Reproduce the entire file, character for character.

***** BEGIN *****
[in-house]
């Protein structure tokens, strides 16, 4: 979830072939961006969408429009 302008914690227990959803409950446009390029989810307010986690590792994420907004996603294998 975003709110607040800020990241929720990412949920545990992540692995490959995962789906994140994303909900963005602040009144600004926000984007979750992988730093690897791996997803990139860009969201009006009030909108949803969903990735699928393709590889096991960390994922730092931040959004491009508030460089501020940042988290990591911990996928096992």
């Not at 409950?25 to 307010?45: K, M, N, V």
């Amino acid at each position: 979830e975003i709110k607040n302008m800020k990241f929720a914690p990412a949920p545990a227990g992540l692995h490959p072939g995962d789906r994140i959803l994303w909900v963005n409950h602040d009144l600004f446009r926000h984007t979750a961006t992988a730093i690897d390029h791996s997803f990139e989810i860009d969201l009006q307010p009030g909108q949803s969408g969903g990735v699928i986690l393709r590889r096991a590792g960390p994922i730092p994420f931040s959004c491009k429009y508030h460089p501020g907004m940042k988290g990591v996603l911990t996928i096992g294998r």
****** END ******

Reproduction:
[in-house]
């Protein structure tokens, strides 16, 4: 979830072939961006969408429009 302008914690227990959803409950446009390029989810307010986690590792994420907004996603294998 975003709110607040800020990241929720990412949920545990992540692995490959995962789906994140994303909900963005602040009144600004926000984007979750992988730093690897791996997803990139860009969201009006009030909108949803969903990735699928393709590889096991960390994922730092931040959004491009508030460089501020940042988290990591911990996928096992």
């Not at 409950?25 to 307010?45: K, M, N, V």
């Amino acid at each position: 979830e975003i709110k607040n302008m800020k990241f929720a914690p990412a949920p545990a227990g992540l692995h490959p072939g995962d789906r994140i959803l994303w909900v963005n409950h602040d009144l600004f446009r926000h984007t979750a961006t992988a730093i690897d390029h791996s997803f990139e989810i860009d969201l009006q307010p009030g909108q949803s969408g969903g990735v699928i986690l393709r590889r096991a590792g960390p994922i730092p994420f931040s959004c491009k429009y508030h460089p501020g907004m940042k988290g990591v996603l911990t996928i096992g294998r």